• Data Collection (Approximately Two Weeks In) – During this stage of the audit, CTI collects information from both the plan sponsor and administrator. Information requested from the administrator includes data such as historical enrollment and the medical claims from the date range agreed upon as well as the processes they use for claim processing, in particular, the process used to handle the plan sponsor’s claims when different from standard It is also critical that we gather information from you such as plan design documentation and historical data specific to the audit. This allows us to compare against the documentation your administrator is using to ensure they are following the plan’s guidelines.
  • Operational and Benefit Plan Review (Approximately Two to Three Weeks In) – Before we begin to determine your administrator’s proficiency, we learn about how it operates. Our information gathering starts by having the administrator complete an operational questionnaire which gathers information like claim administrator information, claim adjudication, eligibility procedures and HIPAA compliance. Another key component of our pre-audit information gathering is the review of how the plan’s claims should be administered. This enables our staff to have a thorough understanding of the provisions detailed in the plan.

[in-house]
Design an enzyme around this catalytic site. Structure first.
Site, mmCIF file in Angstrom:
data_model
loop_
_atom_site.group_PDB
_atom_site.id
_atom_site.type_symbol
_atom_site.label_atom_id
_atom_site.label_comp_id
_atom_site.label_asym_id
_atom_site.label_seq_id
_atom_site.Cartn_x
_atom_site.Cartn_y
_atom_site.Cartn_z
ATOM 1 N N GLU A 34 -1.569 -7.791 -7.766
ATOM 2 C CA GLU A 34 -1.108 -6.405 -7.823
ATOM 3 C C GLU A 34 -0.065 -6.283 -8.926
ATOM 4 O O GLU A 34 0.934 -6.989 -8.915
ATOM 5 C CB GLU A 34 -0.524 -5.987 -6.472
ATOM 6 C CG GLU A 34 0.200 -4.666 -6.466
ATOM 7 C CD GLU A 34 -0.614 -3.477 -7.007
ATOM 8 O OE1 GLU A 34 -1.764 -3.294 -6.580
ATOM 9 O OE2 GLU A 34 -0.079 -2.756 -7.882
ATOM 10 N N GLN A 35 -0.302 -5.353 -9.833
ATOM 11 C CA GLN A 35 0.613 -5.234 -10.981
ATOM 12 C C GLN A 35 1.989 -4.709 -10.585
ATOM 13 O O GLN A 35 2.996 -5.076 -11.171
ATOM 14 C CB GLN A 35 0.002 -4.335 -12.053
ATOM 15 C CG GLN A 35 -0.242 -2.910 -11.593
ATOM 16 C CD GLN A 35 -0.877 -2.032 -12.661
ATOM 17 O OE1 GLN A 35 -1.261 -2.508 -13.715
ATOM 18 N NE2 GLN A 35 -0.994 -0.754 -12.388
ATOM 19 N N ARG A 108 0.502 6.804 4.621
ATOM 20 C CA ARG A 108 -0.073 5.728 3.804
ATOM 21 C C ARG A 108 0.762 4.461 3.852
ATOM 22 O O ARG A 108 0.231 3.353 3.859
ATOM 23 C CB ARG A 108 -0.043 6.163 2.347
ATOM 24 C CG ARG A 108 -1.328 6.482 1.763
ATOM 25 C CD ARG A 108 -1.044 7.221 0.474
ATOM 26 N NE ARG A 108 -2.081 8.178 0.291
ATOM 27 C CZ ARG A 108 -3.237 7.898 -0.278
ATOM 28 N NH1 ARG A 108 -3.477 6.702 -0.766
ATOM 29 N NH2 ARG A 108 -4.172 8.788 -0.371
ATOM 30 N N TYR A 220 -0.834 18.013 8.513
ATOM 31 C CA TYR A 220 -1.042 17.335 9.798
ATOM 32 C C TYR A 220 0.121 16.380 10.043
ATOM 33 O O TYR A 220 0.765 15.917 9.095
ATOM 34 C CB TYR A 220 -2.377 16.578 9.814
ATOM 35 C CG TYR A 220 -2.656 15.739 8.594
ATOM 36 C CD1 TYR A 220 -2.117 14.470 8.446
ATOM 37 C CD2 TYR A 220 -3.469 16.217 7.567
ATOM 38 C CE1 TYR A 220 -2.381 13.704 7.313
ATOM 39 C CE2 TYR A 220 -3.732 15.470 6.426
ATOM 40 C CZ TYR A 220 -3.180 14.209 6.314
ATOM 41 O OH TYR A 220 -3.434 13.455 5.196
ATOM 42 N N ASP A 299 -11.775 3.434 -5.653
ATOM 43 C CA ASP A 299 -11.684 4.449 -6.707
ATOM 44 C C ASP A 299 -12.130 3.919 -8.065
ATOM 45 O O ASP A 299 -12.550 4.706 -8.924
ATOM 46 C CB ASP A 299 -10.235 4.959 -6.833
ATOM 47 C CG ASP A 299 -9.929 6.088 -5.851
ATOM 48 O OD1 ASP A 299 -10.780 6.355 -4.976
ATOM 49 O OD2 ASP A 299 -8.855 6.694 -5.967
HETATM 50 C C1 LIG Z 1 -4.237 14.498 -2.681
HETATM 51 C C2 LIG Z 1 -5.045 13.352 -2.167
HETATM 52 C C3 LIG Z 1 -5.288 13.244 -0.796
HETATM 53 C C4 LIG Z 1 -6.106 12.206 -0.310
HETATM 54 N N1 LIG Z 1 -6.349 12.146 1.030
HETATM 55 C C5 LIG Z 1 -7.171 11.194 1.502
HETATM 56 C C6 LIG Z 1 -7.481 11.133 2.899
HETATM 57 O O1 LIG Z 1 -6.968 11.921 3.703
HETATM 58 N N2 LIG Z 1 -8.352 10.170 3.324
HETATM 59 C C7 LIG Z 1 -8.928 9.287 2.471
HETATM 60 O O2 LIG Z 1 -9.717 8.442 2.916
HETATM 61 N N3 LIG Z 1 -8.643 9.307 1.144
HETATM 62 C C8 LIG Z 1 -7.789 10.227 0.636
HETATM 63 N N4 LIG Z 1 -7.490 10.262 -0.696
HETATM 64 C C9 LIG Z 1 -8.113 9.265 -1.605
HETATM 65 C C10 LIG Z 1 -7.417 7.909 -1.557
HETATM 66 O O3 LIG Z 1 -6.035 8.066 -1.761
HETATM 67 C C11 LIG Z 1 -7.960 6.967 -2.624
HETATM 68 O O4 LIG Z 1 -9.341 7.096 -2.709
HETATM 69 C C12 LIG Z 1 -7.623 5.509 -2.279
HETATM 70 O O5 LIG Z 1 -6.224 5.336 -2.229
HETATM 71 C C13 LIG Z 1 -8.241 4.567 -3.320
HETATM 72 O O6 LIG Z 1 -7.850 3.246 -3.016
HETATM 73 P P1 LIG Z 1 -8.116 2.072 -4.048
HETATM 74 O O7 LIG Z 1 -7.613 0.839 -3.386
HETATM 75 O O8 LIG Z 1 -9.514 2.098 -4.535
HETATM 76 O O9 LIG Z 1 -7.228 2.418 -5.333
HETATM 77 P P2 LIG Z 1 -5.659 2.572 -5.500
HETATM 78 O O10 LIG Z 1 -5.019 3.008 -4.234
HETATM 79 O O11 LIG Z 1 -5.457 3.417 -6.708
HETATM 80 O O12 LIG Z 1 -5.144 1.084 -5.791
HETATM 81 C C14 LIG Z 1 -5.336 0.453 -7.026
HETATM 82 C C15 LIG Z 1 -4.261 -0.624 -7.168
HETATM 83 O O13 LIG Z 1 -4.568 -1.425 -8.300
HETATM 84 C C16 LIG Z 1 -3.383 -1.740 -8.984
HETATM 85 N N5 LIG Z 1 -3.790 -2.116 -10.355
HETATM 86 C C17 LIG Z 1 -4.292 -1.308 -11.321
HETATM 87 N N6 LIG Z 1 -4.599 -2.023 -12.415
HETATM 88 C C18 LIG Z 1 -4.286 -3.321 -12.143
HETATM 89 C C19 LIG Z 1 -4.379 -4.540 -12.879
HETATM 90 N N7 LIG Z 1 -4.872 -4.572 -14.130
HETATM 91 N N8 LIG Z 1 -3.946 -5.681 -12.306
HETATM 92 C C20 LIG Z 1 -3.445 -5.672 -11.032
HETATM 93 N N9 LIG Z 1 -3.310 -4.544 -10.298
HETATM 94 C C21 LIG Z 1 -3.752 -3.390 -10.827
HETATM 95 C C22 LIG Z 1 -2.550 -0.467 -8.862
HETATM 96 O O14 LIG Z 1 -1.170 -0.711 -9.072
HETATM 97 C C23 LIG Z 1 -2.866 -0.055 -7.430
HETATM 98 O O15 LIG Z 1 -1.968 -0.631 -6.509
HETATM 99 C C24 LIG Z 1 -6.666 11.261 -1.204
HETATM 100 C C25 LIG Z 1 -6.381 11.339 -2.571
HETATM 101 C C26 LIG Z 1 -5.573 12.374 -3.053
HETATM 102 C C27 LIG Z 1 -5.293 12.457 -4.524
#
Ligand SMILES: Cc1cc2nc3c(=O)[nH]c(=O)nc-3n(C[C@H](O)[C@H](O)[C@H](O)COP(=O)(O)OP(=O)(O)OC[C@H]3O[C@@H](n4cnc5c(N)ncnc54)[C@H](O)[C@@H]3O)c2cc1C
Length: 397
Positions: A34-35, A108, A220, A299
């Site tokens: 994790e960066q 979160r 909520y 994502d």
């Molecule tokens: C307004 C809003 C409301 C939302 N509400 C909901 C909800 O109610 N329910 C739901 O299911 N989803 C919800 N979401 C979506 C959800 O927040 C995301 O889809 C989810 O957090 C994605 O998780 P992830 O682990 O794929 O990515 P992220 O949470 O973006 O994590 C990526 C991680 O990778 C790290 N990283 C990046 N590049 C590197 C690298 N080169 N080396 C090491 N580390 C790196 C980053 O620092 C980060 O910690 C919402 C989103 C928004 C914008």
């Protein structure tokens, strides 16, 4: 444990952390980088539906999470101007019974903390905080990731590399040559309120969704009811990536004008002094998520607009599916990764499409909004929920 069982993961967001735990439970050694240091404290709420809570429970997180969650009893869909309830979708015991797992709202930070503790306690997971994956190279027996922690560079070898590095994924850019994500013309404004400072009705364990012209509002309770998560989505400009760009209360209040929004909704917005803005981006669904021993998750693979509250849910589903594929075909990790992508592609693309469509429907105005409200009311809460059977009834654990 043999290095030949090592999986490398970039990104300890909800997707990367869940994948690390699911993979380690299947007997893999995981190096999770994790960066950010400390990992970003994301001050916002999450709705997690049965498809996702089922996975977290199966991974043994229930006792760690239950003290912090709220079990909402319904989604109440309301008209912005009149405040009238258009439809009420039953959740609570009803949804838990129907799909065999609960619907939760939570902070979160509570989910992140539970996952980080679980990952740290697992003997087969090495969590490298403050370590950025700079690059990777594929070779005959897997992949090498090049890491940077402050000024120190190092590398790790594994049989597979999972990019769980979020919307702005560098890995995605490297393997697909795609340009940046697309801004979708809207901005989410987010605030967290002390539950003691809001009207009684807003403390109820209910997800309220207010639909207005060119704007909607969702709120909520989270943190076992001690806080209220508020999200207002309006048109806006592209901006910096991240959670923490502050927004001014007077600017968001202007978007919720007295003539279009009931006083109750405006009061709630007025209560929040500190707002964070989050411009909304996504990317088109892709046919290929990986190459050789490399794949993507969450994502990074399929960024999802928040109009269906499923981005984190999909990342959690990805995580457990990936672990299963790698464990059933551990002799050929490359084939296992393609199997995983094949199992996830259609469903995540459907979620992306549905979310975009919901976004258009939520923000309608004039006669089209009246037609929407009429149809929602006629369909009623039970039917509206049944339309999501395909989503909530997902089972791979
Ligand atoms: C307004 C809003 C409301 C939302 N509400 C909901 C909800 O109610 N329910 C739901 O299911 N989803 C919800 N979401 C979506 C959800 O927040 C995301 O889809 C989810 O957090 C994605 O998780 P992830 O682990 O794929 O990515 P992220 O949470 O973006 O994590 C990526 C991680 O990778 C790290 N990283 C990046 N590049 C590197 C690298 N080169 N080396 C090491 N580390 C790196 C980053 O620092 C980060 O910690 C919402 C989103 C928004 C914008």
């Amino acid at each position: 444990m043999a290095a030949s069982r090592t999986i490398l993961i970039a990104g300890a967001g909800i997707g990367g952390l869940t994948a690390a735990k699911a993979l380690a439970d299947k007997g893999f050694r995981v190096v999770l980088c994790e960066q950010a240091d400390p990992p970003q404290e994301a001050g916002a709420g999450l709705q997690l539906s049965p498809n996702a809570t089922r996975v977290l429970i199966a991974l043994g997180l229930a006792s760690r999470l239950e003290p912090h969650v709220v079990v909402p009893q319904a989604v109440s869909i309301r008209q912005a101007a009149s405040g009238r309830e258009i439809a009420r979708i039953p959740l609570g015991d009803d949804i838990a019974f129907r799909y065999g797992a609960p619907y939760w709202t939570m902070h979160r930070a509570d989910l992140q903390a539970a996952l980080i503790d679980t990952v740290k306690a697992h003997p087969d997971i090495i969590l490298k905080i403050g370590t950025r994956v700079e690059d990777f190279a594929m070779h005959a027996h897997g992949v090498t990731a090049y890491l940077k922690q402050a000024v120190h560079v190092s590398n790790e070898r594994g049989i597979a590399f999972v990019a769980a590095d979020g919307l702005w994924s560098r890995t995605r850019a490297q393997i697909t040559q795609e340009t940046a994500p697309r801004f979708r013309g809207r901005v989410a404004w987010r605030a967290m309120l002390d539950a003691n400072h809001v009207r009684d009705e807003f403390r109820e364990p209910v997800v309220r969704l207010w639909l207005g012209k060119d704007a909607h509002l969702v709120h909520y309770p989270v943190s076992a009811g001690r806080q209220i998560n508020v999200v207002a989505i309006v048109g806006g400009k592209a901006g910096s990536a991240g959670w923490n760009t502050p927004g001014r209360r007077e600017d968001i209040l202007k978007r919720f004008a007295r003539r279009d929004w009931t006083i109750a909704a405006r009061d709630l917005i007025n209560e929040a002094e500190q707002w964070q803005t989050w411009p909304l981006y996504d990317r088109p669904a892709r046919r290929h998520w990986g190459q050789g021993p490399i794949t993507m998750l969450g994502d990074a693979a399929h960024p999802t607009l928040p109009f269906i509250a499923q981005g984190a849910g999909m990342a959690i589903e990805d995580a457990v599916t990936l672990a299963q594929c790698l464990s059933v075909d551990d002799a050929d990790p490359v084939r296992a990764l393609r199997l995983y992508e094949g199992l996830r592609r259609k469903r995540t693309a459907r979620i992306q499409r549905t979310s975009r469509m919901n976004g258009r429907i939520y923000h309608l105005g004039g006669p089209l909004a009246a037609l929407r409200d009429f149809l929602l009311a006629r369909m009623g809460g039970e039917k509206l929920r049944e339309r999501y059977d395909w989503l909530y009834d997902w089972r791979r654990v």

• Random Sample Audit (Approximately Three Weeks In) – Run in parallel with our electronic screening, we perform a stratified random sample audit. This audit provides overall performance against key indicators such as financial accuracy and enables benchmarking of claim administration quality and quantification of the savings potential based on improved administration accuracy.
  • Electronic Screening and Analysis with Targeted Sampling (Approximately Three Weeks In) – Using our proprietary electronic screening and analysis software, we screen 100% of every service line processed during the audit period. This process identifies potentially recoverable overpayments and costly system programming problems. Those problems are in turn analyzed to test the suspected errors. These can include identification of systematic problems in high-control risk categories and recoverable overpayments as well as immediate remedies of leaks and problems.